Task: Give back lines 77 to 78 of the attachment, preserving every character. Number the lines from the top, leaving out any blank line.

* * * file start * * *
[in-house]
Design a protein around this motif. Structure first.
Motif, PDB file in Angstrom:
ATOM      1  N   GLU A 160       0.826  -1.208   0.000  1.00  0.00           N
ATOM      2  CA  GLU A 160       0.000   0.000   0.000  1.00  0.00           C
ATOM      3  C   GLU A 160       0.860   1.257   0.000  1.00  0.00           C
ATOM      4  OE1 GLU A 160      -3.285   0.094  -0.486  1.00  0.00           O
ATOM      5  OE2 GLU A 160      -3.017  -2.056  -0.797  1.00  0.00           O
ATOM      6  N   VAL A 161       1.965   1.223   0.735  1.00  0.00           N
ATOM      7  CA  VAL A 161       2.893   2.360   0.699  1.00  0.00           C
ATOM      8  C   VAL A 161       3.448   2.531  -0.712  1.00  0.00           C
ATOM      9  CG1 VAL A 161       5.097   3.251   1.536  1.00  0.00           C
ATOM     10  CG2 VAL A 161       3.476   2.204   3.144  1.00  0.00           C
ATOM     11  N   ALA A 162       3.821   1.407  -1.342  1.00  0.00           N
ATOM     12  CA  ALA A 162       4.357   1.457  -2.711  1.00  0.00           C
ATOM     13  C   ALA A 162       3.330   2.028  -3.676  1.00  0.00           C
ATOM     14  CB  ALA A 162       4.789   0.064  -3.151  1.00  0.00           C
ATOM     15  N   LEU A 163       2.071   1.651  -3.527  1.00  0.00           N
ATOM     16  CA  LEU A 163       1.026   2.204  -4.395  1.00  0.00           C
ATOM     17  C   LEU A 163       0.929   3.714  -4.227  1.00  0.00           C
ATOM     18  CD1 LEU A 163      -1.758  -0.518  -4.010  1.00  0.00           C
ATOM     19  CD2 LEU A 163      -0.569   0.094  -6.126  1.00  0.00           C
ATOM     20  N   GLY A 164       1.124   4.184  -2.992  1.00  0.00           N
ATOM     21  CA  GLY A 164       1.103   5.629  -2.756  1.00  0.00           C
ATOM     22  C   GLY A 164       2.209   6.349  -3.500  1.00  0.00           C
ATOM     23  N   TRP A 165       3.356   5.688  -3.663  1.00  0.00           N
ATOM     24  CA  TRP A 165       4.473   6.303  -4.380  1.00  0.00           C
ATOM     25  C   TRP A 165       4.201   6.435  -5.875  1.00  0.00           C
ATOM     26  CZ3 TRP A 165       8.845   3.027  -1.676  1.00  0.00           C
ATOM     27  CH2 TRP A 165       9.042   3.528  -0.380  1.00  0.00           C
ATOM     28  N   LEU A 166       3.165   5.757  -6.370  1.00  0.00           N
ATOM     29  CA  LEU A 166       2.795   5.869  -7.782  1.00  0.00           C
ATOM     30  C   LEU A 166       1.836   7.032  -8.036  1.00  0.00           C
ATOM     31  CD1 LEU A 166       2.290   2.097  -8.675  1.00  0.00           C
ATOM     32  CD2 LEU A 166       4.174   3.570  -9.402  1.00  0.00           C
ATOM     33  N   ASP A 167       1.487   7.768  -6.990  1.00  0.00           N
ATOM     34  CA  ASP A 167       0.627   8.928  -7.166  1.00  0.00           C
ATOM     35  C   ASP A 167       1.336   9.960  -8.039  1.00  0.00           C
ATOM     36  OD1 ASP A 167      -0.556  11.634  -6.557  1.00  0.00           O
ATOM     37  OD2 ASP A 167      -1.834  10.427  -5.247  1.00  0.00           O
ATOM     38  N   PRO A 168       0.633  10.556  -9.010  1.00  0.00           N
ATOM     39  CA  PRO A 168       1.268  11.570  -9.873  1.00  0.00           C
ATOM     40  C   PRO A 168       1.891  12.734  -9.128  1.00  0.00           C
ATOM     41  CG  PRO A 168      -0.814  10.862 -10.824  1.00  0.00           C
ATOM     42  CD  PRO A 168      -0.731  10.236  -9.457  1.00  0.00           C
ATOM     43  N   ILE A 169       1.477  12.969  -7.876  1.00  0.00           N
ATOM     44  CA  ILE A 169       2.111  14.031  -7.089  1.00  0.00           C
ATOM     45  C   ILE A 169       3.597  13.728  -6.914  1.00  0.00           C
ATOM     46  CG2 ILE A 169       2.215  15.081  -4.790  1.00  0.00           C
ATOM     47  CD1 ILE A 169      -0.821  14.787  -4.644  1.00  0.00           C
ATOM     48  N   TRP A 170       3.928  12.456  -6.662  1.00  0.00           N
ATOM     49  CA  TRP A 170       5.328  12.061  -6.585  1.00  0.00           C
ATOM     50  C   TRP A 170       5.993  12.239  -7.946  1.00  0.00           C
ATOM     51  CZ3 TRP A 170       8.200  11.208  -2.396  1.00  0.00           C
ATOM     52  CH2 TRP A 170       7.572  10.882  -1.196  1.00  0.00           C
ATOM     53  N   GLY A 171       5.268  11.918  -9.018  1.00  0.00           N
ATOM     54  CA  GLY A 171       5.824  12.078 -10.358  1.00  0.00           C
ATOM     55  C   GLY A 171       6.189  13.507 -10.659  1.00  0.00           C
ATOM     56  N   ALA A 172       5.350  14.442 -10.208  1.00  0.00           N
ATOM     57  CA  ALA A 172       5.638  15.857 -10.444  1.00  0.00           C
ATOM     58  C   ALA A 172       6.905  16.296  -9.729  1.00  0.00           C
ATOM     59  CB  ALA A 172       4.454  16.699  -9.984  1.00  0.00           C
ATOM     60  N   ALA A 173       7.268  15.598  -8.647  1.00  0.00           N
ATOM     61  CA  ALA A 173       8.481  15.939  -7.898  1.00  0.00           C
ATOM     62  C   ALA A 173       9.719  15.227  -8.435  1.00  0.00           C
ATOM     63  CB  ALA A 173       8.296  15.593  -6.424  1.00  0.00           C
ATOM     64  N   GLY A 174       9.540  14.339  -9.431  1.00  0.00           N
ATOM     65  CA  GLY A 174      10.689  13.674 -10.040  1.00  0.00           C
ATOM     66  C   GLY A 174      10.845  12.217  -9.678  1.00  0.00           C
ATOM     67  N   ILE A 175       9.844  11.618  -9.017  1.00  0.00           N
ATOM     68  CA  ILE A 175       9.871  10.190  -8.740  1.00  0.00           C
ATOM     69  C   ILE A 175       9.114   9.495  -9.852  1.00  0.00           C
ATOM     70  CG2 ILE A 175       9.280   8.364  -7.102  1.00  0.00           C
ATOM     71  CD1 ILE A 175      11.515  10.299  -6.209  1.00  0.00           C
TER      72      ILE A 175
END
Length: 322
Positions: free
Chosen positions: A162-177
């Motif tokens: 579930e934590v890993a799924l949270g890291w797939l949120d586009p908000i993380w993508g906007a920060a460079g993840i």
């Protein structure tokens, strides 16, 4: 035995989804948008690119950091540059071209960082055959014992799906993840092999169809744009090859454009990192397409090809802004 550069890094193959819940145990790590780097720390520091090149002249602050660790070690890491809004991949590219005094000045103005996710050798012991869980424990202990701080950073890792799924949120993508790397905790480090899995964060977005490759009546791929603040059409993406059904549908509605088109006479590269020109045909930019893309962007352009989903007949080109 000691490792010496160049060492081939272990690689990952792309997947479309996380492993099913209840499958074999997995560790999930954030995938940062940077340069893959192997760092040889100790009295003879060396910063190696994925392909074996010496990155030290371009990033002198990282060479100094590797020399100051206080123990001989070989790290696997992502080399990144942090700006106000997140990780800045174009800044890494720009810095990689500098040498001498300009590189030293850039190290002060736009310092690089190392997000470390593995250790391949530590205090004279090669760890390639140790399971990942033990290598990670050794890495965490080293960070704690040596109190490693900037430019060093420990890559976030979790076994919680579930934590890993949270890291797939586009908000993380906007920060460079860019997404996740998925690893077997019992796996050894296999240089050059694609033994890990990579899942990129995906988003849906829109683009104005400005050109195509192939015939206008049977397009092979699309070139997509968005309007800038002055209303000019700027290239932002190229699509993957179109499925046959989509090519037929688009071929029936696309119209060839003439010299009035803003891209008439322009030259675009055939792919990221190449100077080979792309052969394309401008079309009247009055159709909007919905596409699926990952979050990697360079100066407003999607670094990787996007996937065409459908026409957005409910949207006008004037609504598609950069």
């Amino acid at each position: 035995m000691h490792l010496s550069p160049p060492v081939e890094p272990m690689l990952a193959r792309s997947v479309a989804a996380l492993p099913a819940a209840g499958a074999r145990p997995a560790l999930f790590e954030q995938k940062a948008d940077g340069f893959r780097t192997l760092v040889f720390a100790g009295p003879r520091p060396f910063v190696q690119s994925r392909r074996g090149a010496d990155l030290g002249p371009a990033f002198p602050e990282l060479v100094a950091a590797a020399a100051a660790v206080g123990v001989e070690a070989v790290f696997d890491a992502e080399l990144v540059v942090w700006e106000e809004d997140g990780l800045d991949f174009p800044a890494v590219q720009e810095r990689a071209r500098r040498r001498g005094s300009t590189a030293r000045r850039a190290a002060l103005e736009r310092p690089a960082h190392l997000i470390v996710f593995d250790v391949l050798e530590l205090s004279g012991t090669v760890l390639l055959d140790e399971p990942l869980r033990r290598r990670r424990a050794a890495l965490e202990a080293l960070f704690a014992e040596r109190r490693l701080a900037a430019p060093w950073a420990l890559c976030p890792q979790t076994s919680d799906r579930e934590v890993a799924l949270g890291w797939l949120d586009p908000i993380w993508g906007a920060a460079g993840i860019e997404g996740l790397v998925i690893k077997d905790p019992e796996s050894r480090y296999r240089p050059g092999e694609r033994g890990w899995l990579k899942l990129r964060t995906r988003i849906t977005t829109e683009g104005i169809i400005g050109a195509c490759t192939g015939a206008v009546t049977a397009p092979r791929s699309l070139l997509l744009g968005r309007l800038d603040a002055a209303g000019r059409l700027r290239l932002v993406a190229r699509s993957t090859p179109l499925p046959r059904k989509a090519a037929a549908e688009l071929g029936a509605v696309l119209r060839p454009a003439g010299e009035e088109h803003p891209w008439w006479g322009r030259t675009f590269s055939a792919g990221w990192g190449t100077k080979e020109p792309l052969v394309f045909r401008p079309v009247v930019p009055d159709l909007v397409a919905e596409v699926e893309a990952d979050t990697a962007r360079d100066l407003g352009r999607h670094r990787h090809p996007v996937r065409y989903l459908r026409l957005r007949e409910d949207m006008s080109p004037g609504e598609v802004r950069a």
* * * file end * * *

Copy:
Length: 322
Positions: free